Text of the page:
Finding A Habitable Planet

How to Find a Habitable Planet is now available for purchase. Written by James Kasting, Distinguished Professor of Geosciences at Pennsylvania State University, it contains invaluable advice for those of us who would like to possibly move elsewhere. Or at least find another habitable planet like our own.


(How to Find a Habitable Planet by James Kasting)

"Many other scientists and philosophers have specu­lated about whether habitable planets and life might exist elsewhere. As we have seen, the debate has been carried out sporadically for literally thousands of years and remains unresolved at the present time. But this question is now timely and exciting because, as we shall see, astrono­mers are on the verge of being able to answer these questions observa­tionally. If they can manage to do so, and especially if evidence for Earth­-like planets and life is found, the philosophical implications would be profound. Indeed, such a discovery would be no less world­-shaking than Galileo’s proof that the Earth goes around the Sun."
(From How to Find a Habitable Planet)

It contains such helpful chapters as Long-Term Climate Stability, Indirect Detection of Planets around Other Stars, Finding and Characterizing Planets by Using Transits, Direct Detection of Extrasolar Planets and The Spectroscopic Search for Life.

This would have been the perfect book for Lazarus Long and the Howard Families; from Robert Heinlein's 1941 novel Methuselah's Children:

Lazarus faced the crowd. "There's a spaceship hanging out there in the sky, a roomy thing, built to make the long jumps between stars. Why don't we take it and go looking for our own piece of real estate?"

Bertram Hardy was the first to recover. "I don't know whether our chairman is lightening the gloom with another of his wisecracks or not, but, assuming that he is serious, I'll answer. My objection to Mars applies to this wild scheme ten times over..."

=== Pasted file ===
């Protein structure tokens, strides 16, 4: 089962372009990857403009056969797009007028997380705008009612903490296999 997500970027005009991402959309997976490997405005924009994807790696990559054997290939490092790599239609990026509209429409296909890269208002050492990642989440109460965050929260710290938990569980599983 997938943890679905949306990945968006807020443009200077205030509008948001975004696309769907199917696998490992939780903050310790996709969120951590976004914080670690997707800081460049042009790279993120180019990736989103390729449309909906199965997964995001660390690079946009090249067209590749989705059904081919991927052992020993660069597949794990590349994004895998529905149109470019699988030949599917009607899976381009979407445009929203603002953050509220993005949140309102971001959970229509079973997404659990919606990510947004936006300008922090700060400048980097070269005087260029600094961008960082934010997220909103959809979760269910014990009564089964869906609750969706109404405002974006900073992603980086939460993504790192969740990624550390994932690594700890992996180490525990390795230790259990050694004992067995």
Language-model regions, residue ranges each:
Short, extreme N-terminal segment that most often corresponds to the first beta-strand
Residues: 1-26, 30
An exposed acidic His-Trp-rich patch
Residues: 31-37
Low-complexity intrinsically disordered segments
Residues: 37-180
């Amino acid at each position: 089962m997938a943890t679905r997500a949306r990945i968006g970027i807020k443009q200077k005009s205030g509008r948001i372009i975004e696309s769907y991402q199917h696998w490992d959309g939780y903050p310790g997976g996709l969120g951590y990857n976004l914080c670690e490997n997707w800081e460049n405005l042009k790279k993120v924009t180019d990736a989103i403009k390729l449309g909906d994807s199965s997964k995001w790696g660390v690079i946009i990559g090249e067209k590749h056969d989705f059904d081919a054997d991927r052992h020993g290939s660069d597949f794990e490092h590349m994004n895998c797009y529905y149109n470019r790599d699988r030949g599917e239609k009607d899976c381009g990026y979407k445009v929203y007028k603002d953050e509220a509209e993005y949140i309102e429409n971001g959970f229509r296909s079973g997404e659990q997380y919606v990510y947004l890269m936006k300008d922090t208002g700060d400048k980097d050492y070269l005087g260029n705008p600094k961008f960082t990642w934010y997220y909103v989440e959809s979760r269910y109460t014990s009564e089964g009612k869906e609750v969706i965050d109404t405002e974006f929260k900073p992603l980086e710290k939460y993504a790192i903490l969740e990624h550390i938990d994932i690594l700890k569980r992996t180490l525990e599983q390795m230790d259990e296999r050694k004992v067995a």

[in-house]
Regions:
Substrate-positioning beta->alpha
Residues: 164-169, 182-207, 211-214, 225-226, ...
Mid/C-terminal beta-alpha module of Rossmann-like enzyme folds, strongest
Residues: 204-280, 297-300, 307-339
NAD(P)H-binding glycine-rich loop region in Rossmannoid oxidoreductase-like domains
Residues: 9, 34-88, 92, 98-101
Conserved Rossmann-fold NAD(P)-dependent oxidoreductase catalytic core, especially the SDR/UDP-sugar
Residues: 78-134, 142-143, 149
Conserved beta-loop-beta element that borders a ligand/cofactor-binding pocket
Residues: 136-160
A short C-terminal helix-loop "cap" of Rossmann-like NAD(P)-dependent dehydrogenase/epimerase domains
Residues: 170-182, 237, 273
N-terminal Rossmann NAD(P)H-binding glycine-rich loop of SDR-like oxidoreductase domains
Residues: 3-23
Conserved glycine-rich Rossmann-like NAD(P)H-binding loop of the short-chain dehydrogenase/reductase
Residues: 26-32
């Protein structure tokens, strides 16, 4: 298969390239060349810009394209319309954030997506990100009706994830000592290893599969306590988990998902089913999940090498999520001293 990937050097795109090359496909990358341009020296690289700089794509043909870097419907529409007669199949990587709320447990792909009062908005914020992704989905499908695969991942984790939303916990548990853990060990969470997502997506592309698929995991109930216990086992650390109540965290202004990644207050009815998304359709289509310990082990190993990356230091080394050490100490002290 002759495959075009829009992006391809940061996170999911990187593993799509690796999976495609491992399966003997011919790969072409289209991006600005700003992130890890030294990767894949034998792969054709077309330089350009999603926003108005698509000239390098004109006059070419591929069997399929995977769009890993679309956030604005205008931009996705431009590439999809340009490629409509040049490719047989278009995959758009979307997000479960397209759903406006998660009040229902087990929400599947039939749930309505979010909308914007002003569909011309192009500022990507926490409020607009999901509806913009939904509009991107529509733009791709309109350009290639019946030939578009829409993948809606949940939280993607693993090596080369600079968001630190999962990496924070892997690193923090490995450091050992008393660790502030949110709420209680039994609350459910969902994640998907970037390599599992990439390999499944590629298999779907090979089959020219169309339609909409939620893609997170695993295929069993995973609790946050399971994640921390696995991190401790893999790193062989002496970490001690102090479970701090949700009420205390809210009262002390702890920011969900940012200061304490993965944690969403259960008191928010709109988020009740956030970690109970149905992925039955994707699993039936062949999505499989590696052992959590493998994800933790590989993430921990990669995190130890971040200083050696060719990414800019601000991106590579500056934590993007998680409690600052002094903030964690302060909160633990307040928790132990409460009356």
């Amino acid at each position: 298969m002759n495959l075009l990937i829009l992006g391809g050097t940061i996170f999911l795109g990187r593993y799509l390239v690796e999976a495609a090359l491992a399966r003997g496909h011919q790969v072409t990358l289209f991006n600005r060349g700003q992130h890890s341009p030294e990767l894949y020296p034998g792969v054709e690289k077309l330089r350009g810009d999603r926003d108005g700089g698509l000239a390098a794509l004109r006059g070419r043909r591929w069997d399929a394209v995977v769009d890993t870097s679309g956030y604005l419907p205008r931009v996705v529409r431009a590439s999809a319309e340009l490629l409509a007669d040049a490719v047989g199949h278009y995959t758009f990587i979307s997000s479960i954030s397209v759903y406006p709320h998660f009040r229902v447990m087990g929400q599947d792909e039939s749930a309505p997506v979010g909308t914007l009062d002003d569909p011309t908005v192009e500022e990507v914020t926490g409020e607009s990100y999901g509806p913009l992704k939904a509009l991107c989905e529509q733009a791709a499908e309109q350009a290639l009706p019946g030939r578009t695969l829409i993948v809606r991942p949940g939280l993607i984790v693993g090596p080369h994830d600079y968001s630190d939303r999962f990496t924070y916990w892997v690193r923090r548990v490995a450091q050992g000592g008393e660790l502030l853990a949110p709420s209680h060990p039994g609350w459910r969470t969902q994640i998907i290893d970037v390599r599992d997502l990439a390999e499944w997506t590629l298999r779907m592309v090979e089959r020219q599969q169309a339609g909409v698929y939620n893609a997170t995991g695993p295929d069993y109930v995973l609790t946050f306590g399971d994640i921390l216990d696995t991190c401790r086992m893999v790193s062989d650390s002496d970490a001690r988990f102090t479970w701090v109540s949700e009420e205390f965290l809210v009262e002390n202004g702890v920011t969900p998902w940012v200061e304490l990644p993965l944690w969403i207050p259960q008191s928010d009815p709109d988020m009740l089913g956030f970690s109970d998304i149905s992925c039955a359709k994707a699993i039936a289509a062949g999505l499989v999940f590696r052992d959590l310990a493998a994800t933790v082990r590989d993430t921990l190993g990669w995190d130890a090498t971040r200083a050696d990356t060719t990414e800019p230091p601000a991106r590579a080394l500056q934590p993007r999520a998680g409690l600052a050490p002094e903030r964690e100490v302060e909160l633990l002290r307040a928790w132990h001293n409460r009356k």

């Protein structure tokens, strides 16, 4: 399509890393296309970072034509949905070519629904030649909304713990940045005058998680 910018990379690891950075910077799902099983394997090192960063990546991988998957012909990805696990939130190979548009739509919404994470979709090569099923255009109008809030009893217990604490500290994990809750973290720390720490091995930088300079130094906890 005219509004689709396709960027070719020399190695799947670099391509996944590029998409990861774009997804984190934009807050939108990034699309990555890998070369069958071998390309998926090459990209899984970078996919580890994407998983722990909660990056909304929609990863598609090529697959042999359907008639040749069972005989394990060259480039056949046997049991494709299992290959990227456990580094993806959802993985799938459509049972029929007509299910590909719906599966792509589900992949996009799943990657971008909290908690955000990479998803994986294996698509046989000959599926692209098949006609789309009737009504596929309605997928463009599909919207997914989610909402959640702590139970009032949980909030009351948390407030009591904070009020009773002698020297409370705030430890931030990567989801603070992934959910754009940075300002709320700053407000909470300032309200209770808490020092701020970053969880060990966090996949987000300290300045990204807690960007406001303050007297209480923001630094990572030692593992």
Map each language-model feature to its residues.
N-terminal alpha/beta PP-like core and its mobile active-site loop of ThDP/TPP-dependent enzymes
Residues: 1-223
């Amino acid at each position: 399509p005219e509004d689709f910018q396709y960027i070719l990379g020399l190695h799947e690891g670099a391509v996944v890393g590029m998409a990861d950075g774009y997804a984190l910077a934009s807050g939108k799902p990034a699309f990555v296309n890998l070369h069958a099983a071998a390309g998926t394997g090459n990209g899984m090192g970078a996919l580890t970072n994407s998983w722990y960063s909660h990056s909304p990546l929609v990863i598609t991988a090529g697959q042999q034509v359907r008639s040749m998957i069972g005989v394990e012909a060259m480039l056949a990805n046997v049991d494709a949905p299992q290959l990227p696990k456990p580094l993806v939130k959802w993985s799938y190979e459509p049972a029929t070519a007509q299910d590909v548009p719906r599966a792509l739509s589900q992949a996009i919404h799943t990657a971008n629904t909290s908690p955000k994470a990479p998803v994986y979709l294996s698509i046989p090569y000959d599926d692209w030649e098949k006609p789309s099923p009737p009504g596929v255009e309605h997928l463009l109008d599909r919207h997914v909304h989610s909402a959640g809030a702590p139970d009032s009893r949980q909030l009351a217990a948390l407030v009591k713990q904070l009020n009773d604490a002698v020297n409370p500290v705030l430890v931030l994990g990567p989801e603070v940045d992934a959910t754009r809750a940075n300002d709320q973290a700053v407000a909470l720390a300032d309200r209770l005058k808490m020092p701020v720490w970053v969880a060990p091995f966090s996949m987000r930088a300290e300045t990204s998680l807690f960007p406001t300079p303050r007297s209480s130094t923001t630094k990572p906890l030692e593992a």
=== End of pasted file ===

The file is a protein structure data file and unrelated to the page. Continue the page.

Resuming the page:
After escaping in the New Frontiers, they used Andy Libby's space drive to head for a nearby star.

The type G2, or Sol-type star, toward which they had bent their course years earlier was now less than a light-year away - a little over seven light-months - and it was now possible to infer by parainterferometric methods that the star (ZD9817, or simply "our" star) had planets of some sort.

In another month, when the star would be a half-light year away, deceleration would commence. Spin would be taken off the ship and for one year she would boost backwards at one gravity, ending near the star at interplanetary rather than interstellar speed, and a search would be made for a planet fit to support human life. The search would be quick and easy as the only planets they were interested in would shine out brilliantly, like Venus from Earth; they were not interested in elusive cold planets, like Neptune or Pluto, lurking in distant shadows, nor in scorched cinders like Mercury, hiding in the flaming skirts of the mother star...

From How to Find a Habitable Planet by James Kasting (includes free first chapter pdf) via Centauri Dreams.

Scroll down for more stories in the same category. (Story submitted 1/29/2010)

Follow this kind of news @Technovelgy.